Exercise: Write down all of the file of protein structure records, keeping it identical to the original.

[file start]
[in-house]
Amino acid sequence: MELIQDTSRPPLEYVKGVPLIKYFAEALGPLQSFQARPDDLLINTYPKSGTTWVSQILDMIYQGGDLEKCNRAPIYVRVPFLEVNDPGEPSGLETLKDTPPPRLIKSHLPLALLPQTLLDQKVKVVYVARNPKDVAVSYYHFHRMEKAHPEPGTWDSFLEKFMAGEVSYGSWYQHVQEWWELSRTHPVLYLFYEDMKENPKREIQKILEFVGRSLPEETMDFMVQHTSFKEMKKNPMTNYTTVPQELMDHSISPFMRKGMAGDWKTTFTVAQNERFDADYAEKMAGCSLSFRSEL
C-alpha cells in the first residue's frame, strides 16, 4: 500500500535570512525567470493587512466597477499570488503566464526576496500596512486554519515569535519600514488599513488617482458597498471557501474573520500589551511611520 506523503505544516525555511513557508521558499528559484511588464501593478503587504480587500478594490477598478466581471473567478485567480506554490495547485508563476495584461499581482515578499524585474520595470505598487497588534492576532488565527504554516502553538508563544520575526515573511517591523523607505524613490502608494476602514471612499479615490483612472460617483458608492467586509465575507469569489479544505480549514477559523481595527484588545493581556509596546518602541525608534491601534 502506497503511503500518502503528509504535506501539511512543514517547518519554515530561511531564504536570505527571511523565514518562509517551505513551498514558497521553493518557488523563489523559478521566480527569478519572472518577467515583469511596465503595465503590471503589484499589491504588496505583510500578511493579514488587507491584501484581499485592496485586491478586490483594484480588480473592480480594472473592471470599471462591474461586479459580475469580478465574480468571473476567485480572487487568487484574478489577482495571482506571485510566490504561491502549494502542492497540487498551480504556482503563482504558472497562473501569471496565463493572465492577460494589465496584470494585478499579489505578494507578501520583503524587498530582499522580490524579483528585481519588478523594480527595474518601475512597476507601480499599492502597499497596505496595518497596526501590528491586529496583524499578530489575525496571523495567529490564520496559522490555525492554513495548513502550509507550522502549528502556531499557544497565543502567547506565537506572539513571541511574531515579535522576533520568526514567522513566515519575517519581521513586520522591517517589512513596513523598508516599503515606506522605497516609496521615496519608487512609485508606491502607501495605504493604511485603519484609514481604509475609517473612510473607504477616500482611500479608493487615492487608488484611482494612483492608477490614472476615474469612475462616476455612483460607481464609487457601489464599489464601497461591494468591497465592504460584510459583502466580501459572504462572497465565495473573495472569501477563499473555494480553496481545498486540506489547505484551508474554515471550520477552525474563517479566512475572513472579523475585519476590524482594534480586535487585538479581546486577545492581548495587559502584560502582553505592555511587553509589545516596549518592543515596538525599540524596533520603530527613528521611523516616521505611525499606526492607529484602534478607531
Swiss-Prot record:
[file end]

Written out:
[in-house]
Amino acid sequence: MELIQDTSRPPLEYVKGVPLIKYFAEALGPLQSFQARPDDLLINTYPKSGTTWVSQILDMIYQGGDLEKCNRAPIYVRVPFLEVNDPGEPSGLETLKDTPPPRLIKSHLPLALLPQTLLDQKVKVVYVARNPKDVAVSYYHFHRMEKAHPEPGTWDSFLEKFMAGEVSYGSWYQHVQEWWELSRTHPVLYLFYEDMKENPKREIQKILEFVGRSLPEETMDFMVQHTSFKEMKKNPMTNYTTVPQELMDHSISPFMRKGMAGDWKTTFTVAQNERFDADYAEKMAGCSLSFRSEL
C-alpha cells in the first residue's frame, strides 16, 4: 500500500535570512525567470493587512466597477499570488503566464526576496500596512486554519515569535519600514488599513488617482458597498471557501474573520500589551511611520 506523503505544516525555511513557508521558499528559484511588464501593478503587504480587500478594490477598478466581471473567478485567480506554490495547485508563476495584461499581482515578499524585474520595470505598487497588534492576532488565527504554516502553538508563544520575526515573511517591523523607505524613490502608494476602514471612499479615490483612472460617483458608492467586509465575507469569489479544505480549514477559523481595527484588545493581556509596546518602541525608534491601534 502506497503511503500518502503528509504535506501539511512543514517547518519554515530561511531564504536570505527571511523565514518562509517551505513551498514558497521553493518557488523563489523559478521566480527569478519572472518577467515583469511596465503595465503590471503589484499589491504588496505583510500578511493579514488587507491584501484581499485592496485586491478586490483594484480588480473592480480594472473592471470599471462591474461586479459580475469580478465574480468571473476567485480572487487568487484574478489577482495571482506571485510566490504561491502549494502542492497540487498551480504556482503563482504558472497562473501569471496565463493572465492577460494589465496584470494585478499579489505578494507578501520583503524587498530582499522580490524579483528585481519588478523594480527595474518601475512597476507601480499599492502597499497596505496595518497596526501590528491586529496583524499578530489575525496571523495567529490564520496559522490555525492554513495548513502550509507550522502549528502556531499557544497565543502567547506565537506572539513571541511574531515579535522576533520568526514567522513566515519575517519581521513586520522591517517589512513596513523598508516599503515606506522605497516609496521615496519608487512609485508606491502607501495605504493604511485603519484609514481604509475609517473612510473607504477616500482611500479608493487615492487608488484611482494612483492608477490614472476615474469612475462616476455612483460607481464609487457601489464599489464601497461591494468591497465592504460584510459583502466580501459572504462572497465565495473573495472569501477563499473555494480553496481545498486540506489547505484551508474554515471550520477552525474563517479566512475572513472579523475585519476590524482594534480586535487585538479581546486577545492581548495587559502584560502582553505592555511587553509589545516596549518592543515596538525599540524596533520603530527613528521611523516616521505611525499606526492607529484602534478607531
Swiss-Prot record: